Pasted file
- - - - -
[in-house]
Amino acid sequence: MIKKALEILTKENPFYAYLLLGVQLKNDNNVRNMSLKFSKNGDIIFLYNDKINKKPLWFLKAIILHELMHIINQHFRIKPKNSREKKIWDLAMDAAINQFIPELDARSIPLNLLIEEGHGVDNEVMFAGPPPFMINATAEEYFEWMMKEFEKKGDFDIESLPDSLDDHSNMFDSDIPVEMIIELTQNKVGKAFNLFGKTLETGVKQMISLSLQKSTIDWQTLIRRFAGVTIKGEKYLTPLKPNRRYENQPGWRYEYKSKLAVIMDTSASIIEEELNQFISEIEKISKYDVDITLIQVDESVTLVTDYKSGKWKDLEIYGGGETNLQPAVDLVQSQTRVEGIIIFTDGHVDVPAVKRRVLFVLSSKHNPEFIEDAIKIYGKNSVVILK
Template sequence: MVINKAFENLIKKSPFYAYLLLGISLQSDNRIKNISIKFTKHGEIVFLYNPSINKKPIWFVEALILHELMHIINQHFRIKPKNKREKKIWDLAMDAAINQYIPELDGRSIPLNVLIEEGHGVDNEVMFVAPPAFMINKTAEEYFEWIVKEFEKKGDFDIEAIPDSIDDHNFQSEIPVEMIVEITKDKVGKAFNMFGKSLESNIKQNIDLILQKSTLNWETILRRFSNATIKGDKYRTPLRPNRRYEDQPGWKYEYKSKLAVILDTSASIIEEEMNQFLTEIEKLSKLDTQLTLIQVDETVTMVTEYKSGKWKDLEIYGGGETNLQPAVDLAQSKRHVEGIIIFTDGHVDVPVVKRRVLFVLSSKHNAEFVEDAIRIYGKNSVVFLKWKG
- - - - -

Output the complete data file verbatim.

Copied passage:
[in-house]
Amino acid sequence: MIKKALEILTKENPFYAYLLLGVQLKNDNNVRNMSLKFSKNGDIIFLYNDKINKKPLWFLKAIILHELMHIINQHFRIKPKNSREKKIWDLAMDAAINQFIPELDARSIPLNLLIEEGHGVDNEVMFAGPPPFMINATAEEYFEWMMKEFEKKGDFDIESLPDSLDDHSNMFDSDIPVEMIIELTQNKVGKAFNLFGKTLETGVKQMISLSLQKSTIDWQTLIRRFAGVTIKGEKYLTPLKPNRRYENQPGWRYEYKSKLAVIMDTSASIIEEELNQFISEIEKISKYDVDITLIQVDESVTLVTDYKSGKWKDLEIYGGGETNLQPAVDLVQSQTRVEGIIIFTDGHVDVPAVKRRVLFVLSSKHNPEFIEDAIKIYGKNSVVILK
Template sequence: MVINKAFENLIKKSPFYAYLLLGISLQSDNRIKNISIKFTKHGEIVFLYNPSINKKPIWFVEALILHELMHIINQHFRIKPKNKREKKIWDLAMDAAINQYIPELDGRSIPLNVLIEEGHGVDNEVMFVAPPAFMINKTAEEYFEWIVKEFEKKGDFDIEAIPDSIDDHNFQSEIPVEMIVEITKDKVGKAFNMFGKSLESNIKQNIDLILQKSTLNWETILRRFSNATIKGDKYRTPLRPNRRYEDQPGWKYEYKSKLAVILDTSASIIEEEMNQFLTEIEKLSKLDTQLTLIQVDETVTMVTEYKSGKWKDLEIYGGGETNLQPAVDLAQSKRHVEGIIIFTDGHVDVPVVKRRVLFVLSSKHNAEFVEDAIRIYGKNSVVFLKWKG